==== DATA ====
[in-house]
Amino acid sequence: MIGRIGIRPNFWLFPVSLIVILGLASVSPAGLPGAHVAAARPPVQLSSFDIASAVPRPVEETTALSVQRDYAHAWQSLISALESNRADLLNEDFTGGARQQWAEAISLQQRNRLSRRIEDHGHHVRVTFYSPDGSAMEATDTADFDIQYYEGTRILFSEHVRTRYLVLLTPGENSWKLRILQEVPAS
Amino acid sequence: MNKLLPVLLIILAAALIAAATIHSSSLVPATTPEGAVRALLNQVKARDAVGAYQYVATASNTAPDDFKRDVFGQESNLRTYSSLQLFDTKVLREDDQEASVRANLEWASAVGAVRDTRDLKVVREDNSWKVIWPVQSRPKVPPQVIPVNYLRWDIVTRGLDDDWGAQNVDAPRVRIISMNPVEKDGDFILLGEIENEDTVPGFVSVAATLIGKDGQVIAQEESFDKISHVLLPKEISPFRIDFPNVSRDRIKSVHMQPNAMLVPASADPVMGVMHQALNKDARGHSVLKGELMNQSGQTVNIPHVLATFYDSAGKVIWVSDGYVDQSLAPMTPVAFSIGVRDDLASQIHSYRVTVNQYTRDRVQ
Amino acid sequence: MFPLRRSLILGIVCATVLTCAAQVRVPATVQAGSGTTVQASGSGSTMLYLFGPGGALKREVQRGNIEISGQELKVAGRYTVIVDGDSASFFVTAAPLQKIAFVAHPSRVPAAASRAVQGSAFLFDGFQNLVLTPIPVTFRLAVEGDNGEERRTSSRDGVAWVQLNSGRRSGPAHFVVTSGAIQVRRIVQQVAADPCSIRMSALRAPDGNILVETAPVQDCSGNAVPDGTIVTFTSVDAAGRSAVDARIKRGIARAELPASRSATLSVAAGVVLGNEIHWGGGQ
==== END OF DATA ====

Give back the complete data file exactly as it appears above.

[in-house]
Amino acid sequence: MIGRIGIRPNFWLFPVSLIVILGLASVSPAGLPGAHVAAARPPVQLSSFDIASAVPRPVEETTALSVQRDYAHAWQSLISALESNRADLLNEDFTGGARQQWAEAISLQQRNRLSRRIEDHGHHVRVTFYSPDGSAMEATDTADFDIQYYEGTRILFSEHVRTRYLVLLTPGENSWKLRILQEVPAS
Amino acid sequence: MNKLLPVLLIILAAALIAAATIHSSSLVPATTPEGAVRALLNQVKARDAVGAYQYVATASNTAPDDFKRDVFGQESNLRTYSSLQLFDTKVLREDDQEASVRANLEWASAVGAVRDTRDLKVVREDNSWKVIWPVQSRPKVPPQVIPVNYLRWDIVTRGLDDDWGAQNVDAPRVRIISMNPVEKDGDFILLGEIENEDTVPGFVSVAATLIGKDGQVIAQEESFDKISHVLLPKEISPFRIDFPNVSRDRIKSVHMQPNAMLVPASADPVMGVMHQALNKDARGHSVLKGELMNQSGQTVNIPHVLATFYDSAGKVIWVSDGYVDQSLAPMTPVAFSIGVRDDLASQIHSYRVTVNQYTRDRVQ
Amino acid sequence: MFPLRRSLILGIVCATVLTCAAQVRVPATVQAGSGTTVQASGSGSTMLYLFGPGGALKREVQRGNIEISGQELKVAGRYTVIVDGDSASFFVTAAPLQKIAFVAHPSRVPAAASRAVQGSAFLFDGFQNLVLTPIPVTFRLAVEGDNGEERRTSSRDGVAWVQLNSGRRSGPAHFVVTSGAIQVRRIVQQVAADPCSIRMSALRAPDGNILVETAPVQDCSGNAVPDGTIVTFTSVDAAGRSAVDARIKRGIARAELPASRSATLSVAAGVVLGNEIHWGGGQ